language from the traditional culture that older native speakers identify with and regret the passing of. It can be tempting for some campaigners, as well as some linguists, to think that it would be easier to teach a modern, standardised, hybrid form of an obsolescent language if the different dialects and those who espouse them were no longer there (see below for an example of this in the Isle of Man). But it must not be forgotten that these older native speakers are an important source of both the language and its oral traditions, many of which have not yet been recorded for posterity.

6. Conclusions 6.1 Implications and values in standardisation The term standardisation can be used to denote several levels of overcoming differences: from voluntary accommodation and harmonising, to regulation and prescriptivism. Joseph (1987:1618) notes that standardisation almost invariably entails prescriptivism, especially in education. This is just the kind of situation that most of my respondents would like to avoid (see the comments cited in 5.3). The choice of new terminology for a language whose own development has been neglected does not simply involve choosing arbitrary signs or value-free words; it can also imply buying in to the ideology of the standardisation models presented by both English and French, with their baggage of domination and prescriptivism. The consensus seems to be that Guernesiais should not follow these examples. As seen in the Globe articles in 3.2, language revivalists seem at present to be voting with their pens in the opposite direction. For example, the Bulletins of LAssembllaie dGuernesiais include the statement Notaai sy vous pllait: LEpellage des les articles du Bulletin a etaai lesi a la discretion des contribuables. [Please note: spelling in the articles of the Bulletin has been left to the discretion of the contributors.] 6.2 Prospects A major problem for many minority languages is that the dominant language is now so entrenched that no use is seen for a written version of the minority language (or indeed for the language at all). There is no longer any communicative need for Guernesiais to be written: English has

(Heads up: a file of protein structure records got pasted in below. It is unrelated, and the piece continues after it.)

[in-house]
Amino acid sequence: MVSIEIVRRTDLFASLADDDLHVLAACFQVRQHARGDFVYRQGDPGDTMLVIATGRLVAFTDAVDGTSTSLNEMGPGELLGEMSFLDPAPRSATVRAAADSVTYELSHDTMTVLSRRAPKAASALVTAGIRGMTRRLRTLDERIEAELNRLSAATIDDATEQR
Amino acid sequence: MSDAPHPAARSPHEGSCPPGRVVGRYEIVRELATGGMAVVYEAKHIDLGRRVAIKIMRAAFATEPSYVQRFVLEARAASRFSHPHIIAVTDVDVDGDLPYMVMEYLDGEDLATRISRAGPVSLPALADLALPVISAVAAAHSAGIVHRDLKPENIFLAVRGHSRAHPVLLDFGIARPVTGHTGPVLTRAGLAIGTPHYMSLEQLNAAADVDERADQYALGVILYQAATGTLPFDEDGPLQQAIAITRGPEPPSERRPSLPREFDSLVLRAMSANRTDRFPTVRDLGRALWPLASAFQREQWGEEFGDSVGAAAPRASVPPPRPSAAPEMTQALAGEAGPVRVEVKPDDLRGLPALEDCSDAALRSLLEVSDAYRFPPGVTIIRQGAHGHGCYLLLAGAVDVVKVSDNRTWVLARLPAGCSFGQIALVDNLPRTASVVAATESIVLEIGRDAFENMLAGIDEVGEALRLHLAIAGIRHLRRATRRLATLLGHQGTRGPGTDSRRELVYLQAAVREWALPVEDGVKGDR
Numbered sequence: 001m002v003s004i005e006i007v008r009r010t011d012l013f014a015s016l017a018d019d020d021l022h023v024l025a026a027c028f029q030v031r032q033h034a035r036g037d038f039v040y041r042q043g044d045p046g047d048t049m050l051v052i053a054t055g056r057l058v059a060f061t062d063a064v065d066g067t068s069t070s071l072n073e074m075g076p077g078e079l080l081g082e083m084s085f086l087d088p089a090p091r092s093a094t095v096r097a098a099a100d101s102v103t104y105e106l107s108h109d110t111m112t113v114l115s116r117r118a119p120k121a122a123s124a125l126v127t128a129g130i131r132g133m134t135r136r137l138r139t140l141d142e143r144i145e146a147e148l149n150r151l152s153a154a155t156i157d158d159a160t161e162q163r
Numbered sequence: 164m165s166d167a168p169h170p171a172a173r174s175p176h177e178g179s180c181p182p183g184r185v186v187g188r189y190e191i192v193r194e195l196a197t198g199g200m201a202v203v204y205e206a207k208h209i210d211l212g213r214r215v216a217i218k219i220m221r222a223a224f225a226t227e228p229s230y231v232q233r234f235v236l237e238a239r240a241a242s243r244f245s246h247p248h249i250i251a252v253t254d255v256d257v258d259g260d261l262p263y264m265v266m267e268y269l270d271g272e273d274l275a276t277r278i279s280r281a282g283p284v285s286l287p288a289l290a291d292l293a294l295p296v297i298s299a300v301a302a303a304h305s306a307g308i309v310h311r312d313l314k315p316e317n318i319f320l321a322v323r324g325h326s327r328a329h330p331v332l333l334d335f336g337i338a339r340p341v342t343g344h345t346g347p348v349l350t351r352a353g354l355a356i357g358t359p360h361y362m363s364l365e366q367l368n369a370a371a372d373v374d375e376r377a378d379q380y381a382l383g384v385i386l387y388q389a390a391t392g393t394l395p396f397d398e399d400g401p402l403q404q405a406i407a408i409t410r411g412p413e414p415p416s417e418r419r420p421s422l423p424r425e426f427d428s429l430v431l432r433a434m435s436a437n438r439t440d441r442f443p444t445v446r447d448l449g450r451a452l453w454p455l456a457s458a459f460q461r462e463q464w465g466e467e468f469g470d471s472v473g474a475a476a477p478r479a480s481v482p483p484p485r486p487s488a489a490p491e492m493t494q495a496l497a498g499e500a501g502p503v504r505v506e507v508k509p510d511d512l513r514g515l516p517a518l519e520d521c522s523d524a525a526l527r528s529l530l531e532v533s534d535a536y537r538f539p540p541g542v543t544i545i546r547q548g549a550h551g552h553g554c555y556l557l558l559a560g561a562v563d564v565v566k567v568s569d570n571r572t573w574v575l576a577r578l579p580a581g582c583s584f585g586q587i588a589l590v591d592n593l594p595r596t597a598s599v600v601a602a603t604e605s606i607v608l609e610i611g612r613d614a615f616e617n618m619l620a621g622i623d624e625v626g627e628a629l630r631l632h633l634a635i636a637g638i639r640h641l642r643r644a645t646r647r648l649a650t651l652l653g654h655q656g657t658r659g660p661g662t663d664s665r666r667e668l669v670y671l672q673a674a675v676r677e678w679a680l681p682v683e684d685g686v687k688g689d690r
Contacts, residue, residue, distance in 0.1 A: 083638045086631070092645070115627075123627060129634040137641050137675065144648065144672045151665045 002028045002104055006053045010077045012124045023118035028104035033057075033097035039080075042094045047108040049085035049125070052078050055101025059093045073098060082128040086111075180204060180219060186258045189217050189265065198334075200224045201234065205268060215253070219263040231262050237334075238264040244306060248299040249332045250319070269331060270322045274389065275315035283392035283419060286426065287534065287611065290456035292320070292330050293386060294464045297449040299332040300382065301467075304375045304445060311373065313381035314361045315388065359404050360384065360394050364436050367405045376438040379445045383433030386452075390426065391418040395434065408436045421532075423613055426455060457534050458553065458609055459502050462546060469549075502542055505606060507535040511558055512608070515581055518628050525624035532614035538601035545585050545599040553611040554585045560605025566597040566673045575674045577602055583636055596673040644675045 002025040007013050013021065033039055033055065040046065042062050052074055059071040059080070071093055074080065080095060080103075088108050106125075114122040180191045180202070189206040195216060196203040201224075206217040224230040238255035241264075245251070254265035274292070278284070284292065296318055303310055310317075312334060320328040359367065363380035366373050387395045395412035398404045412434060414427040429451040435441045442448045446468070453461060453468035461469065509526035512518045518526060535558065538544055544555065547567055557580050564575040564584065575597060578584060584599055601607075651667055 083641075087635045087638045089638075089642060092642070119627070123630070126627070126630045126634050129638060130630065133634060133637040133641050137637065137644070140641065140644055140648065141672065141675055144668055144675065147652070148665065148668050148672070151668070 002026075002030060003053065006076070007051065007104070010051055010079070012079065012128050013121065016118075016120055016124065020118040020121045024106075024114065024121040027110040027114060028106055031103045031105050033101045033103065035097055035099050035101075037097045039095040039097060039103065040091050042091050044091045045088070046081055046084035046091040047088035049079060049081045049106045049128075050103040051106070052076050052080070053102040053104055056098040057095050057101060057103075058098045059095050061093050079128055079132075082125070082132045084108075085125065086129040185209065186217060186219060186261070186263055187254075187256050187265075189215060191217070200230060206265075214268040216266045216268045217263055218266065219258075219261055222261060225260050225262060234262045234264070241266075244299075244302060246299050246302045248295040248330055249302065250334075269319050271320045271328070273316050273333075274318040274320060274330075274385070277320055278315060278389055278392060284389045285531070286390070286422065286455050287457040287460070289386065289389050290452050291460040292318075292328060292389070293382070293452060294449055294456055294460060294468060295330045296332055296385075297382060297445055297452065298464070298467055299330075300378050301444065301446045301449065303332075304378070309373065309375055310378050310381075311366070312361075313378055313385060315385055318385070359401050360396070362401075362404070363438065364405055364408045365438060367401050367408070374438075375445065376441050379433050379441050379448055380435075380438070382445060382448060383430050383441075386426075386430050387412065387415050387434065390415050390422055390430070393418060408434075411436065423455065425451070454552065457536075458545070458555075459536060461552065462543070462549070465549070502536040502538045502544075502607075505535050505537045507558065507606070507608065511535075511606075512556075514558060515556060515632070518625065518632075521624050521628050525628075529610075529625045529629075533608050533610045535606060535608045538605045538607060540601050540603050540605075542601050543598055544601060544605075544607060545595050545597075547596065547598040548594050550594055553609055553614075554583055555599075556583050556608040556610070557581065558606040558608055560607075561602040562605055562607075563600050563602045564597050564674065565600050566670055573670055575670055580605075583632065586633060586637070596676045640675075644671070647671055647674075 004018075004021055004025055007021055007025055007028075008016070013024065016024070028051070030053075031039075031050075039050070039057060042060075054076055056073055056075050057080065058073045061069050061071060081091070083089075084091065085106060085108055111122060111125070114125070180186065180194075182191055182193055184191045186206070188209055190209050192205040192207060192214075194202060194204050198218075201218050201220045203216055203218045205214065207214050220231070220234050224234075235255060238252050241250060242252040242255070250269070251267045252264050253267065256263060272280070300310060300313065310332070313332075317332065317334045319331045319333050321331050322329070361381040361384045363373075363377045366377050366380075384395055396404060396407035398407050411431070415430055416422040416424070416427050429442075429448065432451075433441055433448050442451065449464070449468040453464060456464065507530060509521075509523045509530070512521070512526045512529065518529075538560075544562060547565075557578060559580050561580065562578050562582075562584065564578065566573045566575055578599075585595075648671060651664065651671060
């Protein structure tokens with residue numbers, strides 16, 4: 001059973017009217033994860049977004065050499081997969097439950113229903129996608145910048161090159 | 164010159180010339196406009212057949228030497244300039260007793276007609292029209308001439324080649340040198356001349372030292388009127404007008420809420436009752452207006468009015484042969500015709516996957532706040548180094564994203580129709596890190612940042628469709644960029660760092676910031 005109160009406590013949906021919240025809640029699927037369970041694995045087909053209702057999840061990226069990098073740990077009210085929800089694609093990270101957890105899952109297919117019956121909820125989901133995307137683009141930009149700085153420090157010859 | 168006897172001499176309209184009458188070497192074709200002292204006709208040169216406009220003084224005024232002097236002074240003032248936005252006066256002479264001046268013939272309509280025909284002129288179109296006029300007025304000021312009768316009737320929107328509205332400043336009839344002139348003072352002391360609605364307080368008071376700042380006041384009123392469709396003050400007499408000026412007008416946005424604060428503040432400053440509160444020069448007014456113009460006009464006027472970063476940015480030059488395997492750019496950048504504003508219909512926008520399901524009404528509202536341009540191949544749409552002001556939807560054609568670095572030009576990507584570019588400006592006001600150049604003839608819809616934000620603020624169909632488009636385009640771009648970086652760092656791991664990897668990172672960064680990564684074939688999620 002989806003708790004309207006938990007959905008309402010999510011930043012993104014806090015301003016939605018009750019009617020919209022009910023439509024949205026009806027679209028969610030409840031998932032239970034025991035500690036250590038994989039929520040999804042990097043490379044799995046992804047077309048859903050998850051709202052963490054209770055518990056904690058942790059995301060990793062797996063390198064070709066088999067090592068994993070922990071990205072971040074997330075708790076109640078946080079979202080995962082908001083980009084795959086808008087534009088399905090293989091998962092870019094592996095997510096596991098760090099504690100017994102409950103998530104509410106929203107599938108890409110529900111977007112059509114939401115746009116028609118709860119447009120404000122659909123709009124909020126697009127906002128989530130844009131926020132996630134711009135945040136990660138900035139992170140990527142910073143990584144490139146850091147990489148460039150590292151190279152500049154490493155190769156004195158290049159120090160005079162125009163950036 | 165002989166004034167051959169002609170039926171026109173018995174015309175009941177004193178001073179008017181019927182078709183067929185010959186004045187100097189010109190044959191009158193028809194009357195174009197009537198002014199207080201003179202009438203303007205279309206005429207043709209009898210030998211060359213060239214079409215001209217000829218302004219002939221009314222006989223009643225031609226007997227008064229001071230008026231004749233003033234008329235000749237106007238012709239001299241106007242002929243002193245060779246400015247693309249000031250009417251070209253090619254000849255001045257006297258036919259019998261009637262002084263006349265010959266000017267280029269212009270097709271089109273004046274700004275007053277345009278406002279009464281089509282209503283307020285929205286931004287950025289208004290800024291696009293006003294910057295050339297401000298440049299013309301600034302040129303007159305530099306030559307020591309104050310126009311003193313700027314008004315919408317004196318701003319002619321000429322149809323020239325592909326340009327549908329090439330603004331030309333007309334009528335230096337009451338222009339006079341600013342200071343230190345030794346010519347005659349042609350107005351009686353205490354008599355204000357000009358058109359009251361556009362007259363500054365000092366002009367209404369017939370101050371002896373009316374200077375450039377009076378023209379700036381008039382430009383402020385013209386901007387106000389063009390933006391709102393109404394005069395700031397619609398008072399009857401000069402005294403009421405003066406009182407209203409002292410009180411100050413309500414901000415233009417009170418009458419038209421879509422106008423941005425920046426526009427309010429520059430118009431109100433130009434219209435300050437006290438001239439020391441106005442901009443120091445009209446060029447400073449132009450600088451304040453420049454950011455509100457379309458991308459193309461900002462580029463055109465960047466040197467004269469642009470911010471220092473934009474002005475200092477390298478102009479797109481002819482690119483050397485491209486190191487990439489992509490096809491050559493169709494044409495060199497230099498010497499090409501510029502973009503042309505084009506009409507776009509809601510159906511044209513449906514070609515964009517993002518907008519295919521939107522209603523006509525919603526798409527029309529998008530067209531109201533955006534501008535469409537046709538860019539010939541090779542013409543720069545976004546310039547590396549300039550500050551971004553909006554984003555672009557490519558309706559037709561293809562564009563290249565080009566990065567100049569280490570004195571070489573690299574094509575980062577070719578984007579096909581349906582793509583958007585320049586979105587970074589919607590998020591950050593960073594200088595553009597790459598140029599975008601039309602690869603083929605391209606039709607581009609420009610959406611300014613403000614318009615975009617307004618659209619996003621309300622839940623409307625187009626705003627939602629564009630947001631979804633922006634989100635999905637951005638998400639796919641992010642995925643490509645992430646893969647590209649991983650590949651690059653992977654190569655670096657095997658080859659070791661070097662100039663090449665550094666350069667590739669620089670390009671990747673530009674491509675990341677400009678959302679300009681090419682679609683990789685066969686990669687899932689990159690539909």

taken over all the functions for which writing is necessary. The market for publications in Guernesiais is very small, and they need subsidisation to be viable. In other countries subsidies are provided by official bodies, but in Guernsey the government is simply not interested in saving the indigenous language. At present La Socit Guernesiaise publishes a few works (e.g. De Garis 1982, Hill 2000), or the authors and friends pay for printing themselves (e.g. Jehan 1999). La Socit Guernesiaise is now seeking commercial sponsorship for a coursebook and CD-Rom that could be used in schools. The future of Guernesiais does not look bright, given the almost total lack of interest from the island parliament, despite the efforts of two native-speaker deputies (members). However, the founding of Les Ravigotteurs in 1995 demonstrates increased awareness among younger people of the importance of linguistic heritage: perhaps a sign of the attitude shift observed by Dorian (1993), common among the members of a community two generations after the one which failed to pass its language on (Crystal 2000: 106). The received wisdom in the field of endangered languages is that of Fishman (1991): that promoting the speaking of a language in the home is the most effective way of saving it, and that focusing on use outside the home, such as in schools, or expanding its domains, can wait. However, the vast majority of my informants said that their families had stopped speaking Guernesiais in the home because English was the language of school (see section 2). This means that issues of status, official recognition and standardisation need to be tackled. Unless this happens, Guernesiais will be extinct within 50 years.